Leading a Team: A Short Introduction to Chaos
22 July, 2021
Sr. Manager, Data Engineering, AI at Unity Technologies
I joined a very small team focusing on Big Data Engineering that was already in chaos. That takes a great toll on you as a leader. Simply put, the team was reduced from 50 to 6, and as a result, the morale was very low. The team members did not know where they stood in the company. Some were not sure of their responsibilities, while others were afraid of losing their jobs. In short, there was no direction or vision that they could work towards. They ended up doing operations, just ran the show by keeping the pipeline up, and waited for somebody to come in and assign them some tasks.
As I stepped in, I felt that the rest of the team would also leave if that went on, especially if there were no career opportunities for them in the organization. I asked myself, "How does one set a vision for a team that is already sinking?" Although there were minor discussions about setting up the OKRs, roadmap, and framework, no engineers were involved from the ground up. It was not an organic effort, there was no shared voice or inclusion. It was more like bringing product and engineering managers together and working on some OKRs so that they could put something on the table.
I felt that the right thing to do towards building up the team's morale is through setting the clear vision a.k.a our North Star, and the roadmap for the execution with a clear set of ownership and direction. In the back of my mind, I felt that we lacked a clear sense of motivation, ownership, trust, and empowerment. Without leading towards further demotivation, I worked towards building a happy team.
After I joined, I looked at the team composition. To my surprise, there were some fantastic players. There were a couple of people who were in the mid-engineering level and some open positions. That made me believe that we could build a team. However, even hiring was not compelling without setting up the vision, but it was a situation where we could still salvage the ship.
Understand the landscape - observe
I gathered as much information as I could. I understood the context. What was clear to me was that the North Star was just as compelling as the story, but there was no leadership or proper guidance. As their leader, I had to know every person, show empathy and understand what had happened previously rather than changing anything around without knowing the past occurrences.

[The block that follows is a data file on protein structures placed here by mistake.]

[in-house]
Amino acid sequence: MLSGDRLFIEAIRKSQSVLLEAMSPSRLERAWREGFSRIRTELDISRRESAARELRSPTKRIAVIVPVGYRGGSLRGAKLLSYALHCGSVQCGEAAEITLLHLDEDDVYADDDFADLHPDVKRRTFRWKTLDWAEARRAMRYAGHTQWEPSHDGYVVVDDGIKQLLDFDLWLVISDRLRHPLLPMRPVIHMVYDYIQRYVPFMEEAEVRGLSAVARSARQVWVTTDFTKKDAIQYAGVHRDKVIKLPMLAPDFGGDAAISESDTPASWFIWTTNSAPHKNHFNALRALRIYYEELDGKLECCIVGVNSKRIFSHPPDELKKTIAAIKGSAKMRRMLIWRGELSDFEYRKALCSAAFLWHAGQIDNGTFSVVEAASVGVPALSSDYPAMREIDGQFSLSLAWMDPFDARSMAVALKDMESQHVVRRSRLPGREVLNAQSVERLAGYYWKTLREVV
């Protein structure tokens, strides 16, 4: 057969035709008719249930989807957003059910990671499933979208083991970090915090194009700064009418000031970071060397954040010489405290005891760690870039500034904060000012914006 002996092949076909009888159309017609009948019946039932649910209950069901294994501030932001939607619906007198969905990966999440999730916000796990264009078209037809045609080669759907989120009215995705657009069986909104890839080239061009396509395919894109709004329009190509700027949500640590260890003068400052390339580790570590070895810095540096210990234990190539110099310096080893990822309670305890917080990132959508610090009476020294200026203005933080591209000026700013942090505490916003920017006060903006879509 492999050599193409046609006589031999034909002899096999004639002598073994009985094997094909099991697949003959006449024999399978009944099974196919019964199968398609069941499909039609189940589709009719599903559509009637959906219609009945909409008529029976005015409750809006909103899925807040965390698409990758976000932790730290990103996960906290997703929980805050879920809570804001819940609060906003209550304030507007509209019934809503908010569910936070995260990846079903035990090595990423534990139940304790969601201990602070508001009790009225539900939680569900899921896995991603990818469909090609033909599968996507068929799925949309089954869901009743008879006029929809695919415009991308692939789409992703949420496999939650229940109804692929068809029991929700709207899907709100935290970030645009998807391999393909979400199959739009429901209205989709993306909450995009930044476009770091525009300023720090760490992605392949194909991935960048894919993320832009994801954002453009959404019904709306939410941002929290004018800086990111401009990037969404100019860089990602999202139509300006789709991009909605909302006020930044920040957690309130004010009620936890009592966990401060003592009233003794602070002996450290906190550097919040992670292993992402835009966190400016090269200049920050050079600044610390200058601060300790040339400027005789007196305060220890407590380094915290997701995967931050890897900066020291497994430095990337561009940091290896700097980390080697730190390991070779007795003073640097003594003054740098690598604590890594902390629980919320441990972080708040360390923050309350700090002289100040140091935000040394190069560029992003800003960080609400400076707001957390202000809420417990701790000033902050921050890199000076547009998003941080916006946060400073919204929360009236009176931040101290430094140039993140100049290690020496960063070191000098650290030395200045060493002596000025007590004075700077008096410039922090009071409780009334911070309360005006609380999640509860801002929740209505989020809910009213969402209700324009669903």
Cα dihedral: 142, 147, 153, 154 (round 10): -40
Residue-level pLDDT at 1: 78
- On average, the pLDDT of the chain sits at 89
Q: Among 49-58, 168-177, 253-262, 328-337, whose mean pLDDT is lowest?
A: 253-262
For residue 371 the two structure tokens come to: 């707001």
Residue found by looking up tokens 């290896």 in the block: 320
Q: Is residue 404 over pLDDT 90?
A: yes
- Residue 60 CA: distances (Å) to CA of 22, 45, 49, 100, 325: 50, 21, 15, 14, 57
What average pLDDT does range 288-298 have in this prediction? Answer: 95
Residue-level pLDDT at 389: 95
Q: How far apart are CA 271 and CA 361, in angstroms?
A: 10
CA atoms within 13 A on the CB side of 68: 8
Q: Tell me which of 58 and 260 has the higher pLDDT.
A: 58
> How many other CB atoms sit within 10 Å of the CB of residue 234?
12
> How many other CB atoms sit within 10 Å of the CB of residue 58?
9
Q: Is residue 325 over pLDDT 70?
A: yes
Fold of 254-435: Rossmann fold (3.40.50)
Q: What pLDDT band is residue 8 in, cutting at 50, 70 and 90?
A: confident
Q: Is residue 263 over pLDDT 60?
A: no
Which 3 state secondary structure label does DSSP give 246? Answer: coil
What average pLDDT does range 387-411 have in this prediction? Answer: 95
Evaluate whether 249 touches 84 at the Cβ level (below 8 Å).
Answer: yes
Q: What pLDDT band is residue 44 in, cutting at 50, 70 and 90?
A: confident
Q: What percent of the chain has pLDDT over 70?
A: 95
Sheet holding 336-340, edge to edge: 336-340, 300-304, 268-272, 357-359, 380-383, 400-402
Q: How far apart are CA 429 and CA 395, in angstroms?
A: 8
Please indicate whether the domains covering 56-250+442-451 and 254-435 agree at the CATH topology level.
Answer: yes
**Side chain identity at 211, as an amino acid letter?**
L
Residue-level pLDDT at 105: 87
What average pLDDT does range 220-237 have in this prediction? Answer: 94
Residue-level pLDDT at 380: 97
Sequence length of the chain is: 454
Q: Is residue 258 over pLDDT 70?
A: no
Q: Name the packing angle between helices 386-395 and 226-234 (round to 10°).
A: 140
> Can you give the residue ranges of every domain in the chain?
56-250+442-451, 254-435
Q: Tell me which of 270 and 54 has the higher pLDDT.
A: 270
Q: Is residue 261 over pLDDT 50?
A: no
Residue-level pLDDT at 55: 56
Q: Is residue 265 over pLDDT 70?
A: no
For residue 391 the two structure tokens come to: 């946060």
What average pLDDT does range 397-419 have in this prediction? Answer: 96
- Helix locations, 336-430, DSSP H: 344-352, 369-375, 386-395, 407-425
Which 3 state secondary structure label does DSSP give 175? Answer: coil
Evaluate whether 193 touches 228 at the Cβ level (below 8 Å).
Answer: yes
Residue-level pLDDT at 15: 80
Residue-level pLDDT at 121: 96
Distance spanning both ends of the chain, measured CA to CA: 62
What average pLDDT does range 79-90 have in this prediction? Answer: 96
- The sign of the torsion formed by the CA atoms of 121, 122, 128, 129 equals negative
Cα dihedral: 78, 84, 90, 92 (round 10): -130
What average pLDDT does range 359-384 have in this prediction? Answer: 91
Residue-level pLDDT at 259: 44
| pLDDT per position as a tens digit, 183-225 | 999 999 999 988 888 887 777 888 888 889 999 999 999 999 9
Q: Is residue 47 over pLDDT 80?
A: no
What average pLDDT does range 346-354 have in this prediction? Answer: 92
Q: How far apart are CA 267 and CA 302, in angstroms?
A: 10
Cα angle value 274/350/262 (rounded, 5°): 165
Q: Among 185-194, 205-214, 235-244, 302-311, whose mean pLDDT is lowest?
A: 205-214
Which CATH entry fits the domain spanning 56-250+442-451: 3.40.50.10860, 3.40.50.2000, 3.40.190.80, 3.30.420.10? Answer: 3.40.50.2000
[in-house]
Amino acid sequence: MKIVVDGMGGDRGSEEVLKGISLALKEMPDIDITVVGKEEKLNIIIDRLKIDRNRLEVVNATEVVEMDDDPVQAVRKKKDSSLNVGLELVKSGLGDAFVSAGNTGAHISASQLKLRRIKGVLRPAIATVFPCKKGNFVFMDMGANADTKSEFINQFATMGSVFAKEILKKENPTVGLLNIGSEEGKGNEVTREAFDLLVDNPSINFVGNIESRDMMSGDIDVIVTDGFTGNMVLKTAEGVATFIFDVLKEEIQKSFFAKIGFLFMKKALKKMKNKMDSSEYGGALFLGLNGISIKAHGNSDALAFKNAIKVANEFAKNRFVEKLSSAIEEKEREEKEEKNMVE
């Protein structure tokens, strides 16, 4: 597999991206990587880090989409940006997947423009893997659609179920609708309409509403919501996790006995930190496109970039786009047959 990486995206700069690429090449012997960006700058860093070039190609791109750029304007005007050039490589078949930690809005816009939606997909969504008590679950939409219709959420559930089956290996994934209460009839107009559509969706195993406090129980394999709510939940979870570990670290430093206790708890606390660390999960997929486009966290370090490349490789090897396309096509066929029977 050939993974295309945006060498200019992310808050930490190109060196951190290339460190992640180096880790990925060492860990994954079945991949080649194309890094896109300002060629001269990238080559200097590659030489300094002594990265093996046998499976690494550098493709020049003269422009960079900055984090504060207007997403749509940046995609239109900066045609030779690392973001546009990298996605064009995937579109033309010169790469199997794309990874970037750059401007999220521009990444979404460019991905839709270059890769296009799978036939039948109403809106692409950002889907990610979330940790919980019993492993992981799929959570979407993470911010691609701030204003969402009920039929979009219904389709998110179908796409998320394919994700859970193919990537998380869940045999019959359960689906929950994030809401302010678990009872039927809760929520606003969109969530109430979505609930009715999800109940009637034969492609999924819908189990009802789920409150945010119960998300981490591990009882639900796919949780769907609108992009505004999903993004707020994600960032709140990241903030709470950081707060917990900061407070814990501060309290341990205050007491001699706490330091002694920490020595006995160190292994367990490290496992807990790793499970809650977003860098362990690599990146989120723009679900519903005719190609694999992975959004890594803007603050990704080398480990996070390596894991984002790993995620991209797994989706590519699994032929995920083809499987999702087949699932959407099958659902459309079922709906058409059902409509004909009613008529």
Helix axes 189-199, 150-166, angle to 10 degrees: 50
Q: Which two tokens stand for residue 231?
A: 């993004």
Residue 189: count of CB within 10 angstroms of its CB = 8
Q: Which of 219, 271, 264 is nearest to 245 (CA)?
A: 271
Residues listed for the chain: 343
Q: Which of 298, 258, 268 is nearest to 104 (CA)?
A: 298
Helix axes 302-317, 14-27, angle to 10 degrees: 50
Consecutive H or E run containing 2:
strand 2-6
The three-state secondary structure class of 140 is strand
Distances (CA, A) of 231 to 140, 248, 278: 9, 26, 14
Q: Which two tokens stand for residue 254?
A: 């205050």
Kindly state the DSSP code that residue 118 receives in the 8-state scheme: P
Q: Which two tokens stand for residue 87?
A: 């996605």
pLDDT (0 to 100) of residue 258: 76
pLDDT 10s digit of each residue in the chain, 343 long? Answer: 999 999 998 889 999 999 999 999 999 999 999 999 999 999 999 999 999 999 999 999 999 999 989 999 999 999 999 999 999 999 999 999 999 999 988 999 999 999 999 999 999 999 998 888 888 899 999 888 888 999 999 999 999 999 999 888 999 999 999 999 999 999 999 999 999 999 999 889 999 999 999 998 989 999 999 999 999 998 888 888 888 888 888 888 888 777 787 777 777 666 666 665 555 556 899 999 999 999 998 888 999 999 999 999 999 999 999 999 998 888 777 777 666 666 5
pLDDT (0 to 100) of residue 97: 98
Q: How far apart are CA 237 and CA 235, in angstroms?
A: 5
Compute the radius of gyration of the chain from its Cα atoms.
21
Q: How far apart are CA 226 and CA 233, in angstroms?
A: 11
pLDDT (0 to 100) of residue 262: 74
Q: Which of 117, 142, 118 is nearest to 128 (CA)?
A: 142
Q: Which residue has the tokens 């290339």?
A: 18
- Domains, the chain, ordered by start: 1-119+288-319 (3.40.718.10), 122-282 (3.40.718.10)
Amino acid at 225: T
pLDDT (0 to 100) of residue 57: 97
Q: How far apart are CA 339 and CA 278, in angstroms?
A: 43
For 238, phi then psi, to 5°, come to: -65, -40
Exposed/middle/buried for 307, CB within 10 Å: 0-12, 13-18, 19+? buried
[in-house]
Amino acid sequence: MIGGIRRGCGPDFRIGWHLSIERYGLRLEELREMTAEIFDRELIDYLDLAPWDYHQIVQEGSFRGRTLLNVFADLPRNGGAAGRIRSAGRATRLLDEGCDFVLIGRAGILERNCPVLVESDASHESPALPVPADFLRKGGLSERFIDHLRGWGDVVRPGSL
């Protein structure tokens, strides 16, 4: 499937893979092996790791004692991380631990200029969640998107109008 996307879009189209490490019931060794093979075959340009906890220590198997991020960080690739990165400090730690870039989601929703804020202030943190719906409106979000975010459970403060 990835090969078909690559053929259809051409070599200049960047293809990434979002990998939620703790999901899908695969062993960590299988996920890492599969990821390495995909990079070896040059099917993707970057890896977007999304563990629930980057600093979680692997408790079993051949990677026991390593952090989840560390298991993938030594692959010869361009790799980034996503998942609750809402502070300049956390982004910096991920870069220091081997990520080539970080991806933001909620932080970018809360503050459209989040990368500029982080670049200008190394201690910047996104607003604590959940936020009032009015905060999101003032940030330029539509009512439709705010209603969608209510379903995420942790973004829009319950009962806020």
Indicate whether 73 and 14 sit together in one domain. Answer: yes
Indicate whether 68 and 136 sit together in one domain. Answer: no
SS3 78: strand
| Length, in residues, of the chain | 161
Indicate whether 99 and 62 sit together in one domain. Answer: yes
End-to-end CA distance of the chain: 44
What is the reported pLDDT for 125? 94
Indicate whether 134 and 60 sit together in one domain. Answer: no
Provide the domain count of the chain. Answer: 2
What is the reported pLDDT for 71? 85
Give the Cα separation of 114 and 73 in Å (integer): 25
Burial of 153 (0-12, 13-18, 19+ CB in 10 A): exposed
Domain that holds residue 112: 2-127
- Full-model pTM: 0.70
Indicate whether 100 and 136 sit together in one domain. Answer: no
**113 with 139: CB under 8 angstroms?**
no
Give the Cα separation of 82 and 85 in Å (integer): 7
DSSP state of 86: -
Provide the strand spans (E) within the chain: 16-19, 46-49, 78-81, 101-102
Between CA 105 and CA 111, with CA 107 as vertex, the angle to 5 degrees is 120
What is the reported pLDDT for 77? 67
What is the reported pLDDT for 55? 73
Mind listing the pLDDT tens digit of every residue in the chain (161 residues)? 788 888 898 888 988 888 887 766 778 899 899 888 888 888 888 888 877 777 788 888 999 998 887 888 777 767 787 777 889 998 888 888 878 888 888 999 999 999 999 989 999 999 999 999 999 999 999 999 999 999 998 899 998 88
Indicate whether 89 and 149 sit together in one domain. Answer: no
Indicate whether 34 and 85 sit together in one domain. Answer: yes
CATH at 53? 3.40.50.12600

Understand shared values - what do we truly believe in
We started talking about core values; what we believed in as a team. For us to develop as a high-performing team, we had to collaboratively set some shared values. In that regard, I gave them a small exercise where everyone could frame their values. Some said that they believed in honesty, some believed in accountability, some chose fun, and others believed in teamwork. I made sure that it was only a few that they could pick on. Afterward, I found the intersection point between teams.
I tried to examine the common 4 or 5 core values that we all believed in. After all, that was how we were going to build everything around each other; the empathy, trust, mutual respect, and accountability showed up in our performance. In the past, the team just did not realize the substantial cross-section of values that can lead to a shared vision.
Articulate purpose and a mission - why we (Data Engineering) tem exist
Once we had our vision, it was time for us to work towards our purpose. We carved out a mission statement and figured out what our mission will be from here onwards. For example, our goals were to help one of the stakeholder groups and then run the business efficiently in real-time. We had to make some data-driven decisions and take the revenue on to the next level. All of that fed into the drafting of a compelling mission statement for the team. Most importantly, it was the team's mission built through shared understanding of our customers and their needs for the future as opposed to a top down mandate.
Define Your Strategy - set of objectives to achieve the mission
Finally, we had to start figuring out strategies to reach for our North Star. We all had clear metrics in mind, we knew where we wanted to take our team, and so we focused on producing the results and defining meaningful OKRs for the team. The key result of the exercise was that we were a very motivated and empowered team. We turned the team around. We hired a couple of talented engineers following that. The team that I had built still exists today, and they have more to work towards in the future.
- Many teams do not have a great understanding of what a vision is. People interchangeably think that vision and mission are the same things. It's really important to make a clear distinction between these two in order to understand the themes and identify the purpose. Build a shared vision with your team, avoid top down mandates.
“Vision is everything about what drives our work. Core values, purpose, mission and strategy are all part of our vision”. - from rework.withgoogle.com.
- Put your team members through meaningful exercises to build a shared roadmap. They will learn a lot about each other's strengths, weaknesses, fears, and capabilities. Altogether, it will contribute to a deeper understanding and trust among team members.
- Transfer the strategies into concrete roadmap with meaningful prioritization that aligns with business outcomes. Always be ready to answer the question, ‘what do our customers get if we do this’ OR ‘what happens if we do nothing’
- Communicate your vision to the rest of the organization, share your mission statement, and discuss your roadmap preferably in the form of OKRs.
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